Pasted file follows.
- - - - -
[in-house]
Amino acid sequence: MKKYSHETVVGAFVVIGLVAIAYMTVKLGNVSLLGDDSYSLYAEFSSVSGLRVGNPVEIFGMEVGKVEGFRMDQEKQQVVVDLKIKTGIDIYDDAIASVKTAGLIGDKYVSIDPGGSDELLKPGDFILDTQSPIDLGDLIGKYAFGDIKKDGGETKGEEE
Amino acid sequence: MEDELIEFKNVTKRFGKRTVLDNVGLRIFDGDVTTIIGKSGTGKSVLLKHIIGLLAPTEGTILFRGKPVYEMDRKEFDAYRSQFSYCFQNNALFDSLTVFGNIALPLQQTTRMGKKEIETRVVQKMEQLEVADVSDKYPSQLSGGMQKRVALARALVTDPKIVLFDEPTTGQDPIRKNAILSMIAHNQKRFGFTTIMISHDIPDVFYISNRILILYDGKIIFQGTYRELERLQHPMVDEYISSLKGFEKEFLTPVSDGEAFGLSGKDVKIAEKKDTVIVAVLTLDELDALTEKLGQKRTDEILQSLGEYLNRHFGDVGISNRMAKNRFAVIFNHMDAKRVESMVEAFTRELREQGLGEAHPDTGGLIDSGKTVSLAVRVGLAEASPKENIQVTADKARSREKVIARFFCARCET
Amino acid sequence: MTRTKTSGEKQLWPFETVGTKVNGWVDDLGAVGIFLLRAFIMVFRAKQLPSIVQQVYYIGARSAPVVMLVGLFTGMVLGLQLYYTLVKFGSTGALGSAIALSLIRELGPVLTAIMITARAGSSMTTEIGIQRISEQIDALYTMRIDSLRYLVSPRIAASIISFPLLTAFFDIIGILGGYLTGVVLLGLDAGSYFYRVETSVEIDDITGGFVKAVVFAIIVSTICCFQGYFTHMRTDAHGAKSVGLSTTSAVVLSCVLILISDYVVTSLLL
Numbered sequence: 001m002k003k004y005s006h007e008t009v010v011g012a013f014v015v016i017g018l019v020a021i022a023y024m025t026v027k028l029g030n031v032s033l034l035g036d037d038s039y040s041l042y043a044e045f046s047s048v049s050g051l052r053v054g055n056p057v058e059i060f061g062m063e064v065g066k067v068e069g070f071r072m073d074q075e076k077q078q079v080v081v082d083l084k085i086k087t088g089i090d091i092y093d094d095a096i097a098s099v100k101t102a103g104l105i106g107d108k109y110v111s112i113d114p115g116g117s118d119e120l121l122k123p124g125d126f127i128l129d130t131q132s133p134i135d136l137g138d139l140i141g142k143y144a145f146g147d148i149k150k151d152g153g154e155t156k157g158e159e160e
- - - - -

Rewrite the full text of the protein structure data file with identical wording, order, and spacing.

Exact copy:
[in-house]
Amino acid sequence: MKKYSHETVVGAFVVIGLVAIAYMTVKLGNVSLLGDDSYSLYAEFSSVSGLRVGNPVEIFGMEVGKVEGFRMDQEKQQVVVDLKIKTGIDIYDDAIASVKTAGLIGDKYVSIDPGGSDELLKPGDFILDTQSPIDLGDLIGKYAFGDIKKDGGETKGEEE
Amino acid sequence: MEDELIEFKNVTKRFGKRTVLDNVGLRIFDGDVTTIIGKSGTGKSVLLKHIIGLLAPTEGTILFRGKPVYEMDRKEFDAYRSQFSYCFQNNALFDSLTVFGNIALPLQQTTRMGKKEIETRVVQKMEQLEVADVSDKYPSQLSGGMQKRVALARALVTDPKIVLFDEPTTGQDPIRKNAILSMIAHNQKRFGFTTIMISHDIPDVFYISNRILILYDGKIIFQGTYRELERLQHPMVDEYISSLKGFEKEFLTPVSDGEAFGLSGKDVKIAEKKDTVIVAVLTLDELDALTEKLGQKRTDEILQSLGEYLNRHFGDVGISNRMAKNRFAVIFNHMDAKRVESMVEAFTRELREQGLGEAHPDTGGLIDSGKTVSLAVRVGLAEASPKENIQVTADKARSREKVIARFFCARCET
Amino acid sequence: MTRTKTSGEKQLWPFETVGTKVNGWVDDLGAVGIFLLRAFIMVFRAKQLPSIVQQVYYIGARSAPVVMLVGLFTGMVLGLQLYYTLVKFGSTGALGSAIALSLIRELGPVLTAIMITARAGSSMTTEIGIQRISEQIDALYTMRIDSLRYLVSPRIAASIISFPLLTAFFDIIGILGGYLTGVVLLGLDAGSYFYRVETSVEIDDITGGFVKAVVFAIIVSTICCFQGYFTHMRTDAHGAKSVGLSTTSAVVLSCVLILISDYVVTSLLL
Numbered sequence: 001m002k003k004y005s006h007e008t009v010v011g012a013f014v015v016i017g018l019v020a021i022a023y024m025t026v027k028l029g030n031v032s033l034l035g036d037d038s039y040s041l042y043a044e045f046s047s048v049s050g051l052r053v054g055n056p057v058e059i060f061g062m063e064v065g066k067v068e069g070f071r072m073d074q075e076k077q078q079v080v081v082d083l084k085i086k087t088g089i090d091i092y093d094d095a096i097a098s099v100k101t102a103g104l105i106g107d108k109y110v111s112i113d114p115g116g117s118d119e120l121l122k123p124g125d126f127i128l129d130t131q132s133p134i135d136l137g138d139l140i141g142k143y144a145f146g147d148i149k150k151d152g153g154e155t156k157g158e159e160e